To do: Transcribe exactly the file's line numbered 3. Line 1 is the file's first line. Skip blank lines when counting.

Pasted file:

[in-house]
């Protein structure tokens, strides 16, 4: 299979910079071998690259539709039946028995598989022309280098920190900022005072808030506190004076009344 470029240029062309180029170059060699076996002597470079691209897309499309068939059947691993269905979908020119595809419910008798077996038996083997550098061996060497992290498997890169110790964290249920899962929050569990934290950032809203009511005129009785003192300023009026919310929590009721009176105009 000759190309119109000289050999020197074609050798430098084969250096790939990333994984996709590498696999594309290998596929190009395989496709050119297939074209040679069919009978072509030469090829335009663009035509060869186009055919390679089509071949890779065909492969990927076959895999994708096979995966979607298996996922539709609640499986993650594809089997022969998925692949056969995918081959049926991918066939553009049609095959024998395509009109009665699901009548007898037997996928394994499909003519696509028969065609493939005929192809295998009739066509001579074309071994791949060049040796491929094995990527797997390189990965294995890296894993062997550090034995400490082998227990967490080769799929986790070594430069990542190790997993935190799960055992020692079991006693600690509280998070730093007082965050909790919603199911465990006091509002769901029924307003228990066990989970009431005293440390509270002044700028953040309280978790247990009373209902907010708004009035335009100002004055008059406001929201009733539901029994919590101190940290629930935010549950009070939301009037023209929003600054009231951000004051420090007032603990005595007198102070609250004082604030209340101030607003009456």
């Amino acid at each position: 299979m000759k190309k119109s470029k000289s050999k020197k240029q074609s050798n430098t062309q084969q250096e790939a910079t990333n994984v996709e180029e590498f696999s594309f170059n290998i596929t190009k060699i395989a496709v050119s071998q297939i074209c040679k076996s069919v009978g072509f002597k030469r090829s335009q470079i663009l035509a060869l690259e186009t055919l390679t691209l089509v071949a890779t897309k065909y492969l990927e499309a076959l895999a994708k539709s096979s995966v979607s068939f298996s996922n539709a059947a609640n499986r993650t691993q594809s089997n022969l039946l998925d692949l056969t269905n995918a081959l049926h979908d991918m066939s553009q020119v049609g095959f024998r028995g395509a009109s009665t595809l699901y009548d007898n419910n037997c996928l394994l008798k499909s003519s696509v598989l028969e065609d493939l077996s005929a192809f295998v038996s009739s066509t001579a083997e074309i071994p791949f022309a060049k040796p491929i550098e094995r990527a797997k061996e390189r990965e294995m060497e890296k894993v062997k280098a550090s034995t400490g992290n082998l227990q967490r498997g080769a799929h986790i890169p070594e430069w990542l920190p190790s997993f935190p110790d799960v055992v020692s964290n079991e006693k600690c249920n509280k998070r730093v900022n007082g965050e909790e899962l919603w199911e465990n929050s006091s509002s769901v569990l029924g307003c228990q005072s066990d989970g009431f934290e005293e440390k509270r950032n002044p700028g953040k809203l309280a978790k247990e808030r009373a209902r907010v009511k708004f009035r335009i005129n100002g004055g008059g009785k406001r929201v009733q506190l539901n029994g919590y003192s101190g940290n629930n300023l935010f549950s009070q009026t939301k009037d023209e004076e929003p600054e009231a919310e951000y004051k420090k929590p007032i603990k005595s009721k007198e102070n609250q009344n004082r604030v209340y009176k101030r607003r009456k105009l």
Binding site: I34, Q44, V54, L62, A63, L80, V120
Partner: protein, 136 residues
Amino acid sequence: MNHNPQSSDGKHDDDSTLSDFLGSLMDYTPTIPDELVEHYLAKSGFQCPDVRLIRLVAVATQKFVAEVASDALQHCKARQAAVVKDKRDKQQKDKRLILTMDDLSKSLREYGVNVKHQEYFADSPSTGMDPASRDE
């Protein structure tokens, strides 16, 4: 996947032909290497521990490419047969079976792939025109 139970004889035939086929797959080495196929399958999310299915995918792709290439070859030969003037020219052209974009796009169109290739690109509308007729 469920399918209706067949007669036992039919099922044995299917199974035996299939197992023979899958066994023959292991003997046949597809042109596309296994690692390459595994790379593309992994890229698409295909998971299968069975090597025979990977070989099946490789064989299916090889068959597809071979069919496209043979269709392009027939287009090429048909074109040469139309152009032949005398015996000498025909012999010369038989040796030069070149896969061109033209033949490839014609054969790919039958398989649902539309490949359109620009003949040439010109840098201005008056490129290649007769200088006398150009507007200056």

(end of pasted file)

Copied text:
């Amino acid at each position: 299979m000759k190309k119109s470029k000289s050999k020197k240029q074609s050798n430098t062309q084969q250096e790939a910079t990333n994984v996709e180029e590498f696999s594309f170059n290998i596929t190009k060699i395989a496709v050119s071998q297939i074209c040679k076996s069919v009978g072509f002597k030469r090829s335009q470079i663009l035509a060869l690259e186009t055919l390679t691209l089509v071949a890779t897309k065909y492969l990927e499309a076959l895999a994708k539709s096979s995966v979607s068939f298996s996922n539709a059947a609640n499986r993650t691993q594809s089997n022969l039946l998925d692949l056969t269905n995918a081959l049926h979908d991918m066939s553009q020119v049609g095959f024998r028995g395509a009109s009665t595809l699901y009548d007898n419910n037997c996928l394994l008798k499909s003519s696509v598989l028969e065609d493939l077996s005929a192809f295998v038996s009739s066509t001579a083997e074309i071994p791949f022309a060049k040796p491929i550098e094995r990527a797997k061996e390189r990965e294995m060497e890296k894993v062997k280098a550090s034995t400490g992290n082998l227990q967490r498997g080769a799929h986790i890169p070594e430069w990542l920190p190790s997993f935190p110790d799960v055992v020692s964290n079991e006693k600690c249920n509280k998070r730093v900022n007082g965050e909790e899962l919603w199911e465990n929050s006091s509002s769901v569990l029924g307003c228990q005072s066990d989970g009431f934290e005293e440390k509270r950032n002044p700028g953040k809203l309280a978790k247990e808030r009373a209902r907010v009511k708004f009035r335009i005129n100002g004055g008059g009785k406001r929201v009733q506190l539901n029994g919590y003192s101190g940290n629930n300023l935010f549950s009070q009026t939301k009037d023209e004076e929003p600054e009231a919310e951000y004051k420090k929590p007032i603990k005595s009721k007198e102070n609250q009344n004082r604030v209340y009176k101030r607003r009456k105009l």